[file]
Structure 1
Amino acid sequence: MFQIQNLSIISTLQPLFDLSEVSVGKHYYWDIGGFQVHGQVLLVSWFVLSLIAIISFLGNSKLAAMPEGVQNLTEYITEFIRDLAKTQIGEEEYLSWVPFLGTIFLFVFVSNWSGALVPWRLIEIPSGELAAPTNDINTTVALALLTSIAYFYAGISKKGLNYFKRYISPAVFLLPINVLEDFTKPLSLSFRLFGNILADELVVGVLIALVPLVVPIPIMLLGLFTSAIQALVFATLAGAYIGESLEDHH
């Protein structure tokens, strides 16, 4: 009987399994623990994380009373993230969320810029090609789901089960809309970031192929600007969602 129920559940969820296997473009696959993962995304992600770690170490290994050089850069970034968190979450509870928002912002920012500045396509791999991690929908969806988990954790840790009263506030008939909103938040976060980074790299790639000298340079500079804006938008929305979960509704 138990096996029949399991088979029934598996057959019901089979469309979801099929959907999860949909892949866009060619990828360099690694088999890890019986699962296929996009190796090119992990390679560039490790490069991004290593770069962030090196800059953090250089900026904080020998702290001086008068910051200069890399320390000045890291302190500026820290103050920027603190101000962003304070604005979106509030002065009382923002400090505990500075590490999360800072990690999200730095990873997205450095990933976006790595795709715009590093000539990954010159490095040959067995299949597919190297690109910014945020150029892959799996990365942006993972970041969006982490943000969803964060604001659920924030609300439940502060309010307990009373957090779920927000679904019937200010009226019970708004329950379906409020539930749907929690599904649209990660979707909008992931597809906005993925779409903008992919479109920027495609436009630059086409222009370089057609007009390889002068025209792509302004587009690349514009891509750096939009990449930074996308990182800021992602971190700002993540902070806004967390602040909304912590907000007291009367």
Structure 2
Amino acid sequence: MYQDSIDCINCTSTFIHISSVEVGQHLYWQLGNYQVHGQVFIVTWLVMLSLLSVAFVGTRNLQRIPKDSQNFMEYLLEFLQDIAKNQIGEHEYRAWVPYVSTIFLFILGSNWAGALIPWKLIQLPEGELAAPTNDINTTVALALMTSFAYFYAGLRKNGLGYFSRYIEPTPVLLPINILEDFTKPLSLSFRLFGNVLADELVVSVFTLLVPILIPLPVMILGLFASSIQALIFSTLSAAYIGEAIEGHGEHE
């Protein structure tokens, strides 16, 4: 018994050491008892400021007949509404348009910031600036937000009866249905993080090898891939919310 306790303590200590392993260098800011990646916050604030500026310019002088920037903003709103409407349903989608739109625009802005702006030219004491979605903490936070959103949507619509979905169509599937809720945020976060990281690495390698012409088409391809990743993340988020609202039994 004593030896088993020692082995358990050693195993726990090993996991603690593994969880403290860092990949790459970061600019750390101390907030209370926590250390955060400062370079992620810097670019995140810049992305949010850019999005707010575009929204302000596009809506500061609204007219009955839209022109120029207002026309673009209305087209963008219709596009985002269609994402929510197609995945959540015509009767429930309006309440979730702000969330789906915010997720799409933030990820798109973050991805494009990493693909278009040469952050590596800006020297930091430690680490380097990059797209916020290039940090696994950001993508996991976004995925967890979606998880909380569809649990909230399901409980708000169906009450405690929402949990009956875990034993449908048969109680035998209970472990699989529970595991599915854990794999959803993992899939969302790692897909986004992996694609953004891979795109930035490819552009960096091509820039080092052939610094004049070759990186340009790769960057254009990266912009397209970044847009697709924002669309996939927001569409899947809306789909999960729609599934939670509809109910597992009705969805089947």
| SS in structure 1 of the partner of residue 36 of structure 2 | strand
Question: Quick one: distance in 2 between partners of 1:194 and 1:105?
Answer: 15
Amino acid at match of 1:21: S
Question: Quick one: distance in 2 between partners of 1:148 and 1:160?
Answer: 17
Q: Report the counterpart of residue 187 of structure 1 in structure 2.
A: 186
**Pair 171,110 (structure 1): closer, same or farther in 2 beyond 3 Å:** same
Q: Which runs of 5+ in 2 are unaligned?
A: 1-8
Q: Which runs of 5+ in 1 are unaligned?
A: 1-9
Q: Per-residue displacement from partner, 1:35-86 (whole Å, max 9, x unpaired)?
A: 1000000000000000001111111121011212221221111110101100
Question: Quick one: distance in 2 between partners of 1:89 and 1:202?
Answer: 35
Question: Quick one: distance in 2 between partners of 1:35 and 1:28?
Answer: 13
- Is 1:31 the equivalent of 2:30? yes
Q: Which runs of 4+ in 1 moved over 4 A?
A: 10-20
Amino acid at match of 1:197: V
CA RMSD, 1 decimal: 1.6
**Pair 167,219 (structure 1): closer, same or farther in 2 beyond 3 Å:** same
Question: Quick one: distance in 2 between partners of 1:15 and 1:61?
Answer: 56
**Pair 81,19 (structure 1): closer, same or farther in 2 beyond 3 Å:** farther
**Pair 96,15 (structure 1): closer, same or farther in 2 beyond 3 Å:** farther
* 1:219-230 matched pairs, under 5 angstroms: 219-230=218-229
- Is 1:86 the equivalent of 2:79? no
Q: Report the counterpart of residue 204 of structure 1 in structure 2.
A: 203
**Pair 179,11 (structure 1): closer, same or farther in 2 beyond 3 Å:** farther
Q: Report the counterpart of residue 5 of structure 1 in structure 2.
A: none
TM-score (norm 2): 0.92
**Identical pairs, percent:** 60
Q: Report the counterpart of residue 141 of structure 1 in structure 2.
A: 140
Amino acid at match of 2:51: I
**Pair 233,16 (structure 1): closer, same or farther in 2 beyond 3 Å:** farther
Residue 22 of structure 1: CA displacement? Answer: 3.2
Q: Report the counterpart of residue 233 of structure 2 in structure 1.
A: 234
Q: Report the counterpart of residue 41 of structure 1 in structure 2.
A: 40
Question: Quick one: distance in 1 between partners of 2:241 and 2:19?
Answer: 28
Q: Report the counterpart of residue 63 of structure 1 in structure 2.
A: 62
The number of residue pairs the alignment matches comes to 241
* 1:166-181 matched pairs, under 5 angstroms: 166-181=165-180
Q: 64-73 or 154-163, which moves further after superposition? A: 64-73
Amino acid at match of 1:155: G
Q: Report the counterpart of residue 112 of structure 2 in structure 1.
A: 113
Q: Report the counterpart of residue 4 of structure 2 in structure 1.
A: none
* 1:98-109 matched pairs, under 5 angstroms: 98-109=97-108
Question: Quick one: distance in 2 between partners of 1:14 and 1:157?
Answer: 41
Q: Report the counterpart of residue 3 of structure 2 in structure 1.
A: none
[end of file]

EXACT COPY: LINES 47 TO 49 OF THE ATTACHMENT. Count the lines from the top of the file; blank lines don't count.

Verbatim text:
Amino acid at match of 2:51: I
**Pair 233,16 (structure 1): closer, same or farther in 2 beyond 3 Å:** farther
Residue 22 of structure 1: CA displacement? Answer: 3.2